Non-canonical Hedgehog signaling regulates spinal cord and muscle regeneration in Xenopus laevis larvae
Inducing regeneration in injured spinal cord represents one of modern medicine's greatest challenges. Research from a variety of model organisms indicates that Hedgehog (Hh) signaling may be a useful target to drive regeneration. However, the mechanisms of Hedgehog signaling-mediated tissue regeneration remain unclear. Here we examined Hh signaling during post-amputation tail regeneration in Xenopus laevis larvae. We found that while Smoothened (Smo) activity is essential for proper spinal cord and skeletal muscle regeneration, transcriptional activity of the canonical Hh effector Gli is repressed immediately following amputation, and inhibition of Gli1/2 expression or transcriptional activity has minimal effects on regeneration. In contrast, we demonstrate that protein kinase A (PKA) is necessary for regeneration of both muscle and spinal cord, in concert with and independent of Smo respectively, and that its downstream effector CREB is activated in spinal cord following amputation in a Smo-dependent manner. Our findings indicate that non-canonical mechanisms of Hh signaling are necessary for spinal cord and muscle regeneration.
All data generated or analysed during this study are included in the manuscript and supporting files.
Article and author information
National Science Foundation (1120796,1754340)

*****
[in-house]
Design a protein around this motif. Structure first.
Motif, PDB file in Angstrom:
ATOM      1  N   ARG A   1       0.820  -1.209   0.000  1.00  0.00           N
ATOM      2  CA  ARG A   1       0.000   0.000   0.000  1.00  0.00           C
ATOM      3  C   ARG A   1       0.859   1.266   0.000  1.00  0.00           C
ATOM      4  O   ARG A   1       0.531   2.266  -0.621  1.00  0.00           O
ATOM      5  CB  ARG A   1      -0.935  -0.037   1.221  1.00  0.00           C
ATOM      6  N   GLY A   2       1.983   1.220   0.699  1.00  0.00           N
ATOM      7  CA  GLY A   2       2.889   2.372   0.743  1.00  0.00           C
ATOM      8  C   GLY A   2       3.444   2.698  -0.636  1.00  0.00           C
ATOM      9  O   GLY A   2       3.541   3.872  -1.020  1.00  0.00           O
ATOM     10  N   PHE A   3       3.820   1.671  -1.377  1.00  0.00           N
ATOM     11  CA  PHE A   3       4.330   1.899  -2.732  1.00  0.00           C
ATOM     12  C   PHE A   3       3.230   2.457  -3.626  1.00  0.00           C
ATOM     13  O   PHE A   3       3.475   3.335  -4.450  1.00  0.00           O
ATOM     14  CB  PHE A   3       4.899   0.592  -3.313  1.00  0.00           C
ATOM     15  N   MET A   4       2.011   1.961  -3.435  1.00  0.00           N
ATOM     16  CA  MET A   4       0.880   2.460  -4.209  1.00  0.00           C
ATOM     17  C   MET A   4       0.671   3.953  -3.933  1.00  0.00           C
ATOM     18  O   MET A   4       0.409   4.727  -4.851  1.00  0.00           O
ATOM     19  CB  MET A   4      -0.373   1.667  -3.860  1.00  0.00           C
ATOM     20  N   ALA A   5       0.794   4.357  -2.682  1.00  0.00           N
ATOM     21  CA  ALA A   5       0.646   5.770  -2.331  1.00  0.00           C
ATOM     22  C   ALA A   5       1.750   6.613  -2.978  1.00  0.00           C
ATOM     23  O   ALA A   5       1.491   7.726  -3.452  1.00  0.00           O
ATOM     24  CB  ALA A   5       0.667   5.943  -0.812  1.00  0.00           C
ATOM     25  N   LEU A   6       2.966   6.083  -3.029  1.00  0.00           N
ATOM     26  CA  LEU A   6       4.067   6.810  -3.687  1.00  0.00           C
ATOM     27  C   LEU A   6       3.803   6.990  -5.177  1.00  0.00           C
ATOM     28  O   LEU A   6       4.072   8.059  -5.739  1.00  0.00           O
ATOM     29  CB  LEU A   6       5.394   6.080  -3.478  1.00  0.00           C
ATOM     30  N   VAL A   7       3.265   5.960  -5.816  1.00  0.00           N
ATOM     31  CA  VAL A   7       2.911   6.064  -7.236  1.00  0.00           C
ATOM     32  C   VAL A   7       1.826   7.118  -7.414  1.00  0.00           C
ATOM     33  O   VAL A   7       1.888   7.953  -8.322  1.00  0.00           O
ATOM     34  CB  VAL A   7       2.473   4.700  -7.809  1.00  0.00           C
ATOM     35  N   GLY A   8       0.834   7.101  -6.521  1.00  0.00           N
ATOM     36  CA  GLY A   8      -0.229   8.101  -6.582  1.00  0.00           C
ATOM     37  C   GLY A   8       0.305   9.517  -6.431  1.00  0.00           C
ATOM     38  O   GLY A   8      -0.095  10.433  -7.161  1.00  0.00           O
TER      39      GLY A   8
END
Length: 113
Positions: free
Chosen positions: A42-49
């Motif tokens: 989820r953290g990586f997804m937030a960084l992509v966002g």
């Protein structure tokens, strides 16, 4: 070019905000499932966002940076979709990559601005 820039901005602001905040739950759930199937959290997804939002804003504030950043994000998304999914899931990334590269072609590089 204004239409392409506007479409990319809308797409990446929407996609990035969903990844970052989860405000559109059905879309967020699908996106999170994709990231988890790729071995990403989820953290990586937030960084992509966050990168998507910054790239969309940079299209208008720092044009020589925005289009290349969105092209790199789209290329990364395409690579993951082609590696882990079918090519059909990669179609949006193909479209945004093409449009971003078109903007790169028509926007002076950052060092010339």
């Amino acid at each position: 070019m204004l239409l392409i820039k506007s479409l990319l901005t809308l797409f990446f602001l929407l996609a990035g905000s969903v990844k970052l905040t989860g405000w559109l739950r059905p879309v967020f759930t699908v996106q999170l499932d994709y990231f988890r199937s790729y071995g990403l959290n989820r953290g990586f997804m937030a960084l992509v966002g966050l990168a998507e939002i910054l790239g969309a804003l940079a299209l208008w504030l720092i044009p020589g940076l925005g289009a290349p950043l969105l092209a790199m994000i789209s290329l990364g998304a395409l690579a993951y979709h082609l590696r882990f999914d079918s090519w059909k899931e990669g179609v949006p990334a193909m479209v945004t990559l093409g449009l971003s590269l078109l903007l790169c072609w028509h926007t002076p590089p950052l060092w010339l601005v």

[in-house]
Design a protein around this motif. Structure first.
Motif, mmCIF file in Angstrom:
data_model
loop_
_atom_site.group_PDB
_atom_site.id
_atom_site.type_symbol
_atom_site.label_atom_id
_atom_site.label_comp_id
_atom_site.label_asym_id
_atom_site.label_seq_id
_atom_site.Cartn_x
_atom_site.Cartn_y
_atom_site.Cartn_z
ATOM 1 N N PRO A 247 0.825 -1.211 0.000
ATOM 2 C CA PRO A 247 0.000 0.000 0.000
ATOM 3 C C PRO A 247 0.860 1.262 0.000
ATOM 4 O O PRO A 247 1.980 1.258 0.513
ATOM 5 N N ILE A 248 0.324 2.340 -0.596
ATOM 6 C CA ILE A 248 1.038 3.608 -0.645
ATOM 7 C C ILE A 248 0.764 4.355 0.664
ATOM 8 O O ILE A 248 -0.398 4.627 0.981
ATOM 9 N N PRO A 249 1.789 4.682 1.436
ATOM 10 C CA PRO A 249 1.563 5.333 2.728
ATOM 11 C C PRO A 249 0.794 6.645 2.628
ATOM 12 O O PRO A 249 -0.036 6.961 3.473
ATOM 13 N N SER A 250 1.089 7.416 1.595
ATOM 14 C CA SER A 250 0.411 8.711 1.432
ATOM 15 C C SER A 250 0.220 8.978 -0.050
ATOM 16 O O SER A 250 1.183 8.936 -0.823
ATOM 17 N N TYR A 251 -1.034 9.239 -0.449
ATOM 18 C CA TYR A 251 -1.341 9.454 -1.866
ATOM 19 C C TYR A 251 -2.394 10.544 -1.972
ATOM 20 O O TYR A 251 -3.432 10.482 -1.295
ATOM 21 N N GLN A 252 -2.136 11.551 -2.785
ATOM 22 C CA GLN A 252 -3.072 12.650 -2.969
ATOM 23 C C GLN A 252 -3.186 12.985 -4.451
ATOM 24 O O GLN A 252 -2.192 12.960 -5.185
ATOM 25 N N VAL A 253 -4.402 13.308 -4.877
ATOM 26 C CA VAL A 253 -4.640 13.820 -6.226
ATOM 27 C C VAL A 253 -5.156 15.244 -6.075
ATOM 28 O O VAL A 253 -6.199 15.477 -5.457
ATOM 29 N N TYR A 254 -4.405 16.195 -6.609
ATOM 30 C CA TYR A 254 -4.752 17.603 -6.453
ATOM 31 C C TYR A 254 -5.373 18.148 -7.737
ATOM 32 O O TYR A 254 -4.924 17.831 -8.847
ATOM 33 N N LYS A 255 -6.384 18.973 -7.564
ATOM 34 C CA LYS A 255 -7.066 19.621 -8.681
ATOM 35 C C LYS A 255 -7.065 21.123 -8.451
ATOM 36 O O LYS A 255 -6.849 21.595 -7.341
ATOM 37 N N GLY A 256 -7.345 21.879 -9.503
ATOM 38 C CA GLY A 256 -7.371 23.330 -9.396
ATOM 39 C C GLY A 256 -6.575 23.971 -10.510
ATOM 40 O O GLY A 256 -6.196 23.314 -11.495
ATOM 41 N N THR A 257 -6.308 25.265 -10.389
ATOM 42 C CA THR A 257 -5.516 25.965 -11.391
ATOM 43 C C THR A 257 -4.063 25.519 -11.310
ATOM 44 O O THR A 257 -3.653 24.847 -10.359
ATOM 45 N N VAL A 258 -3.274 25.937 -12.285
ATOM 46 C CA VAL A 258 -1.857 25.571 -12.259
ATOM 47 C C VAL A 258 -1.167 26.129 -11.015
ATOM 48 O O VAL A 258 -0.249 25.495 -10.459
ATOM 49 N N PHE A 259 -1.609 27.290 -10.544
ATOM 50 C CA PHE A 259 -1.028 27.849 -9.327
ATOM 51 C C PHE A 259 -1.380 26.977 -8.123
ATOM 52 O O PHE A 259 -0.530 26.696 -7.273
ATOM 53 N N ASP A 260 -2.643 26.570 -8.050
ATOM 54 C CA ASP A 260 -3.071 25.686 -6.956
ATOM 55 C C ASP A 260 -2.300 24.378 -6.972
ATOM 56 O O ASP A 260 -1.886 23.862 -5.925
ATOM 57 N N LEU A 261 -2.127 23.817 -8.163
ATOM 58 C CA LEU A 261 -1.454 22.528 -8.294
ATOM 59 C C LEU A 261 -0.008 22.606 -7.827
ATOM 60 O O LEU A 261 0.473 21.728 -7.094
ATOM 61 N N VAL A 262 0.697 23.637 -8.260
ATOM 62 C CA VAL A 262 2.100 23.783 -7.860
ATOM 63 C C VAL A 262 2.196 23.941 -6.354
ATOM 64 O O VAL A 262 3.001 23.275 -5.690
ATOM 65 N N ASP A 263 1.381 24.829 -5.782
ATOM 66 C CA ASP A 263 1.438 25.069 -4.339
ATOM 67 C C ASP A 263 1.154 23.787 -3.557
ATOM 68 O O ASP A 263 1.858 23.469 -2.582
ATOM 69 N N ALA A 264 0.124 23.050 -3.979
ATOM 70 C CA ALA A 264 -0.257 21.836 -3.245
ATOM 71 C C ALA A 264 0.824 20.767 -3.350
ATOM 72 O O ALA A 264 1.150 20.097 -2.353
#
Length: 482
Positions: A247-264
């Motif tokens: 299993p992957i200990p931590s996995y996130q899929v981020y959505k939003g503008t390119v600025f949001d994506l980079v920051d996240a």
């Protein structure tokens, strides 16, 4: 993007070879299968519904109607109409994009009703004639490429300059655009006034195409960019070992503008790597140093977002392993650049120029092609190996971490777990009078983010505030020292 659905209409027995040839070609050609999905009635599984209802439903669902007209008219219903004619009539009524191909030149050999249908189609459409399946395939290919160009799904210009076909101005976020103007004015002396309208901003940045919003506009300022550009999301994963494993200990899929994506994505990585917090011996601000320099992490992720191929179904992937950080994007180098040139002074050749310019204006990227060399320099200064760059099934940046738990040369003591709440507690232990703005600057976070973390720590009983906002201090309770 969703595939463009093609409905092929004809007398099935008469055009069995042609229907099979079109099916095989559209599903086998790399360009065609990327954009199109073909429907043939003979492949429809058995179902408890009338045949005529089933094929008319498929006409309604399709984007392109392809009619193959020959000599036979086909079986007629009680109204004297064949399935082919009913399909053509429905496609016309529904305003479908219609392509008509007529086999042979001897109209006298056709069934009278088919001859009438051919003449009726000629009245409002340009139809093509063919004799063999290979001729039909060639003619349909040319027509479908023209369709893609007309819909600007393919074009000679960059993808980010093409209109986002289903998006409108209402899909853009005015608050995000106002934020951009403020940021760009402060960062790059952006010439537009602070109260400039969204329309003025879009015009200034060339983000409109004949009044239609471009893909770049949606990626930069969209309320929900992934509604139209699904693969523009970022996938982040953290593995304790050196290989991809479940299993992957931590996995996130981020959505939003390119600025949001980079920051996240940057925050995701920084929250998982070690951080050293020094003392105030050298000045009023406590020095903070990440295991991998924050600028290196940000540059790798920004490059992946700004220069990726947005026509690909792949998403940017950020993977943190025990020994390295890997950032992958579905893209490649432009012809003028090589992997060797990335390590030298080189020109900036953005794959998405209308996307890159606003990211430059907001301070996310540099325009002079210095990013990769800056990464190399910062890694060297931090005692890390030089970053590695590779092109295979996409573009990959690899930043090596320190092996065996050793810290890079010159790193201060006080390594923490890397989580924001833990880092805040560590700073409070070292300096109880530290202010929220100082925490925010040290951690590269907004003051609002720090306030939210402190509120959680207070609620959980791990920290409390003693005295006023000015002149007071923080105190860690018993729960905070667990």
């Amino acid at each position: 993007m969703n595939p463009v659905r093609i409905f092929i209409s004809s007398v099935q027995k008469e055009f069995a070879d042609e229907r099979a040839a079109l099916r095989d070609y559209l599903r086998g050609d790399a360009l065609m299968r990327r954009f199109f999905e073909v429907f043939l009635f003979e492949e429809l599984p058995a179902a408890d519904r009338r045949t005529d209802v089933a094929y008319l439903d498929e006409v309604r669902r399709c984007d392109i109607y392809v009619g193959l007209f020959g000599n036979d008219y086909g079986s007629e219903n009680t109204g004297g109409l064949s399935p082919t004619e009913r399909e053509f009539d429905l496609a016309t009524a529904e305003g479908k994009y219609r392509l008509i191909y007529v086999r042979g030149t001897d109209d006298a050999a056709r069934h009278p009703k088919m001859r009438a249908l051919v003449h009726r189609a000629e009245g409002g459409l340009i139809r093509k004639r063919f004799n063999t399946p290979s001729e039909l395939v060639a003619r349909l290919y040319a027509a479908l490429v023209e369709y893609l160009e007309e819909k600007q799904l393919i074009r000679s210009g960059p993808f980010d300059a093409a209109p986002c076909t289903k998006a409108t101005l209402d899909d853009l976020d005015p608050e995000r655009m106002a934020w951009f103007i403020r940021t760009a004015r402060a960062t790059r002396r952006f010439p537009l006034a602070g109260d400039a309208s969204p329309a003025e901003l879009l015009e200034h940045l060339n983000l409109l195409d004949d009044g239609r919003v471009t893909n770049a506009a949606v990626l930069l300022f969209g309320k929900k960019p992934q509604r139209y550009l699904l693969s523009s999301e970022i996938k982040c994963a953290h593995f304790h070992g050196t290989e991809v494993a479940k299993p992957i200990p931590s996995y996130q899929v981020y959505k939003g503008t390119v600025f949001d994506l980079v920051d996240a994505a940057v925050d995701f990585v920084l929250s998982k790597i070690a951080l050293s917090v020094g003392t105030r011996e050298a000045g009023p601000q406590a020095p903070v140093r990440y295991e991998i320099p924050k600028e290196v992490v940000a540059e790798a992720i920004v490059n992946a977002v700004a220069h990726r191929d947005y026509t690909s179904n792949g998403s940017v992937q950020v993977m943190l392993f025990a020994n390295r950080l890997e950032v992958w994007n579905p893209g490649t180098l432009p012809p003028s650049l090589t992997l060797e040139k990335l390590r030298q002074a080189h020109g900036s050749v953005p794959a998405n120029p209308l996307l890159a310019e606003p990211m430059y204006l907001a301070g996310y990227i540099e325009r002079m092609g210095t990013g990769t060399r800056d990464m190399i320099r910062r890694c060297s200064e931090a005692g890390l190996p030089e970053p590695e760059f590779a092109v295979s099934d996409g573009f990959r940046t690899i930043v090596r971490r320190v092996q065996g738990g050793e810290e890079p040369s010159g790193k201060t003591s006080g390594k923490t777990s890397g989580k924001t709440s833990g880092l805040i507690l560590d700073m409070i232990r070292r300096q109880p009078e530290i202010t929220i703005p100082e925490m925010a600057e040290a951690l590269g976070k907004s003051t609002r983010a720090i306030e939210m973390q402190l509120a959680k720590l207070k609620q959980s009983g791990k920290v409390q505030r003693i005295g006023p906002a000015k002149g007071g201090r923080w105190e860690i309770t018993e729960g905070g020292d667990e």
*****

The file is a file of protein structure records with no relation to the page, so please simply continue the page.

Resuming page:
- Laura N Borodinsky
National Institute of Neurological Disorders and Stroke (R01NS073055,R01NS105886,R01NS113859)
- Laura N Borodinsky
Shriners Hospital for Children (86700-NCA)
- Laura N Borodinsky
Shriners Hospital for Children (84303-NCA)
- Andrew M Hamilton
The funders had no role in study design, data collection and interpretation, or the decision to submit the work for publication.
Animal experimentation: This study was performed in strict accordance with the recommendations in the Guide for the Care and Use of Laboratory Animals of the National Institutes of Health. All of the animals were handled according to approved institutional animal care and use committee (IACUC) protocols (#20537) of the University of California Davis. This institution is accredited by the Association for Assessment and Accreditation of Laboratory Animal Care, International (AAALAC). This institution has an Animal Welfare Assurance on file with the Office of Laboratory Animal Welfare (OLAW). The Assurance Number is A3433-01. All procedures were performed under tricaine anesthesia, and every effort was made to minimize suffering.
- Paola Bovolenta, CSIC-UAM, Spain
- Received: August 5, 2020
- Accepted: May 5, 2021
- Accepted Manuscript published: May 6, 2021 (version 1)
- Version of Record published: May 20, 2021 (version 2)
© 2021, Hamilton et al.
This article is distributed under the terms of the Creative Commons Attribution License permitting unrestricted use and redistribution provided that the original author and source are credited.
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